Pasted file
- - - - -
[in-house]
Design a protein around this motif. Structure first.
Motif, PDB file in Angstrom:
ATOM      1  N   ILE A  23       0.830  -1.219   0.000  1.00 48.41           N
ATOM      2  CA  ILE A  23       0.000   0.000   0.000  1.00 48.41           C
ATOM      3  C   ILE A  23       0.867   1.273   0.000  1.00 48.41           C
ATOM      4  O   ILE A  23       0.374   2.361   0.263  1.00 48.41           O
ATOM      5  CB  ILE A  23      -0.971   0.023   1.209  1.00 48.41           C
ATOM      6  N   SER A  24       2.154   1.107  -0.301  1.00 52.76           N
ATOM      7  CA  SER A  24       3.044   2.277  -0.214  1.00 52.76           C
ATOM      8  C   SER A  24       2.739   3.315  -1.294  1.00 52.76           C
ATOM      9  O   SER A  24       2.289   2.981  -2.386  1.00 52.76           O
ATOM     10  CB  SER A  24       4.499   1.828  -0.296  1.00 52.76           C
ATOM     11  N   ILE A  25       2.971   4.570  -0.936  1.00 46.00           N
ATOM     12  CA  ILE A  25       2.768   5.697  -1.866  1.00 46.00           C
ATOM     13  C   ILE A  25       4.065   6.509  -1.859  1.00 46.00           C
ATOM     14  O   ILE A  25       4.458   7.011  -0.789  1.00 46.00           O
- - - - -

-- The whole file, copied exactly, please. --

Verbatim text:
[in-house]
Design a protein around this motif. Structure first.
Motif, PDB file in Angstrom:
ATOM      1  N   ILE A  23       0.830  -1.219   0.000  1.00 48.41           N
ATOM      2  CA  ILE A  23       0.000   0.000   0.000  1.00 48.41           C
ATOM      3  C   ILE A  23       0.867   1.273   0.000  1.00 48.41           C
ATOM      4  O   ILE A  23       0.374   2.361   0.263  1.00 48.41           O
ATOM      5  CB  ILE A  23      -0.971   0.023   1.209  1.00 48.41           C
ATOM      6  N   SER A  24       2.154   1.107  -0.301  1.00 52.76           N
ATOM      7  CA  SER A  24       3.044   2.277  -0.214  1.00 52.76           C
ATOM      8  C   SER A  24       2.739   3.315  -1.294  1.00 52.76           C
ATOM      9  O   SER A  24       2.289   2.981  -2.386  1.00 52.76           O
ATOM     10  CB  SER A  24       4.499   1.828  -0.296  1.00 52.76           C
ATOM     11  N   ILE A  25       2.971   4.570  -0.936  1.00 46.00           N
ATOM     12  CA  ILE A  25       2.768   5.697  -1.866  1.00 46.00           C
ATOM     13  C   ILE A  25       4.065   6.509  -1.859  1.00 46.00           C
ATOM     14  O   ILE A  25       4.458   7.011  -0.789  1.00 46.00           O